Last updated: 14 November 2019
2.7 billion people around the world enjoy the use of the Internet, moving from one connected device to another all day long. It’s undeniable the Internet is becoming more & more central to all our lives, through shopping, supporting administrative tasks, managing customer care, communication with friends, as well as job or house searches. Access to a wide array of digital services is undoubtedly a huge benefit; however, it’s important to consider the growing complexity and pain points we deal with when trying to connect to numerous online accounts, remembering logins and passwords, filling in registration forms, entering your payment credentials etc.
According to our latest data (available in an infographic here), the digital experience for consumers is becoming more and more exhausting. Not least because we have to remember an average of 25 usernames and password combinations each… And figuring out which username corresponds to which account is a question that you have to answer each time you want to access an online service. This inconvenience is bad for consumers, bad for businesses, and for governments who will either face people abandoning their transactions and losing revenues or driving unnecessary costs (if people call a support line instead of using an online service).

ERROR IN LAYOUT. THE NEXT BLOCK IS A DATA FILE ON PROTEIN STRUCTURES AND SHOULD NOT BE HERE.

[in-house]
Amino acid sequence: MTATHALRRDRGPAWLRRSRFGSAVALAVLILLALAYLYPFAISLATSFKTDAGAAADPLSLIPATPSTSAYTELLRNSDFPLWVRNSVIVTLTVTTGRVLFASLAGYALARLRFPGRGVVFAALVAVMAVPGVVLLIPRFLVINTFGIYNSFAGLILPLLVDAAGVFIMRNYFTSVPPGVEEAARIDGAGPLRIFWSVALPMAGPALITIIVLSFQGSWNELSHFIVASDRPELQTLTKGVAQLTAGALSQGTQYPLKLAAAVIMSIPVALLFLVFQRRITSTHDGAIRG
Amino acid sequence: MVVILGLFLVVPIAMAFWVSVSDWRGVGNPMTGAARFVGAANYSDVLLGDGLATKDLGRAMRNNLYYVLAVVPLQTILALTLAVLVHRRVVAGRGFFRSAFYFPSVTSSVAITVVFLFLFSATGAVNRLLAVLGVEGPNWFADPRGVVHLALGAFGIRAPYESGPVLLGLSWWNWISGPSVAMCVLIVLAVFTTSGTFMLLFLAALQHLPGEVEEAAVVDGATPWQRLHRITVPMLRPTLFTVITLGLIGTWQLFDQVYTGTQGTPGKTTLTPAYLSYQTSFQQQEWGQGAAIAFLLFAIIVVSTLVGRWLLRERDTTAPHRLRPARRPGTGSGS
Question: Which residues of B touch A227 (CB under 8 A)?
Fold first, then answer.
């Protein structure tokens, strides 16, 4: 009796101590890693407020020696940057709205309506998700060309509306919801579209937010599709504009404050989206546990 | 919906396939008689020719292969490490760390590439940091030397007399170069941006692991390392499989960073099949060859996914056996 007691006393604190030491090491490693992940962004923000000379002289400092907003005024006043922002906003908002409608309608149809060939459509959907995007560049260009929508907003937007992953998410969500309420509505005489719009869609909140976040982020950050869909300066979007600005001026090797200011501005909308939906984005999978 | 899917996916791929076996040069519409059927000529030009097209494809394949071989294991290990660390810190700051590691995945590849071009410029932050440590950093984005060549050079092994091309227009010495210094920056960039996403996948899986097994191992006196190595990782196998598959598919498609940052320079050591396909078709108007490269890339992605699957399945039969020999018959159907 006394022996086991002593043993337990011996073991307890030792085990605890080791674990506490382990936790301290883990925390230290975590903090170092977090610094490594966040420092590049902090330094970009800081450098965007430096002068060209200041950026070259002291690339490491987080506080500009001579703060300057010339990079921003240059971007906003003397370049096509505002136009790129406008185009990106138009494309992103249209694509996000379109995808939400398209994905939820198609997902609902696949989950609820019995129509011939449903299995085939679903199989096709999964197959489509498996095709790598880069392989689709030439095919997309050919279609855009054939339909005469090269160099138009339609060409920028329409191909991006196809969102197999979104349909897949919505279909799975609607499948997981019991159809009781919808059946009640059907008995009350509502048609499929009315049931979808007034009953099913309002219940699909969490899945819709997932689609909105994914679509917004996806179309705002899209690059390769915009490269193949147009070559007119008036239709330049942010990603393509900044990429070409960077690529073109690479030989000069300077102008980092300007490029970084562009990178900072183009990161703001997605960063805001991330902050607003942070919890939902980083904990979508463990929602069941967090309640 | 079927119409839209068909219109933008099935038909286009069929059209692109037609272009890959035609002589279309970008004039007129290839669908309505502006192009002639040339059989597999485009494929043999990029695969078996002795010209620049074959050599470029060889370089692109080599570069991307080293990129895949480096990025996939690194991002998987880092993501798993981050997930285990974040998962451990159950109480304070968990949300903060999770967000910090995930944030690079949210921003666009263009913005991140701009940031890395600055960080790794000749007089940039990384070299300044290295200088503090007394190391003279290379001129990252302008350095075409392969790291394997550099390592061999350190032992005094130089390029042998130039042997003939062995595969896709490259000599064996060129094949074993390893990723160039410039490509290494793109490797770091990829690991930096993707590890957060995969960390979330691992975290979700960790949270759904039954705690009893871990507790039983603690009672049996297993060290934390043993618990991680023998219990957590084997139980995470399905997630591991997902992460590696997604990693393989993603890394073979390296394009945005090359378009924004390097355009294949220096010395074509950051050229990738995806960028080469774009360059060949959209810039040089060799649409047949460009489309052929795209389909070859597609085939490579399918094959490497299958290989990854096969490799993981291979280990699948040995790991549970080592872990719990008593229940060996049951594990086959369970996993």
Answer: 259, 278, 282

Aside from the frustration generated by the inconvenience of a growing pile of usernames and passwords, the users’ digital experience is also burdened by the fundamental weakness of the password model. No matter how complex the password chosen is, a determined hacker won’t need much time to access users’ online accounts. Keeping the single-authentication username/password model as our key authentication platform will ensure to cyber-criminals have a prosperous time in the future. Consider the recent hacker exploits, featuring 5 million Gmail addresses and passwords stolen, Home Depot accounts hacked, Dropbox username and passwords stolen and many more… (check here to see if your logins have been compromised).
Only 37% of companies today use multi-factor authentication for their employees (+30% vs 2012) and 53% by 2016. It’s showing a growing recognition of the importance of protecting business users and their data online. And if organizations care about their data, people certainly care even more about theirs.
There’s an urgent need to bring trust and convenience to people to remove frustration, delays and vulnerability we have when accessing our online services. As soon as they will have it, they’ll be as free and happy as John. One approach we take to helping people with this is mobile authentication – see how it helps here:
What do you think of mobile authentication? How would it help you or your business? Let us know @Gemalto or leave a comment in the section below.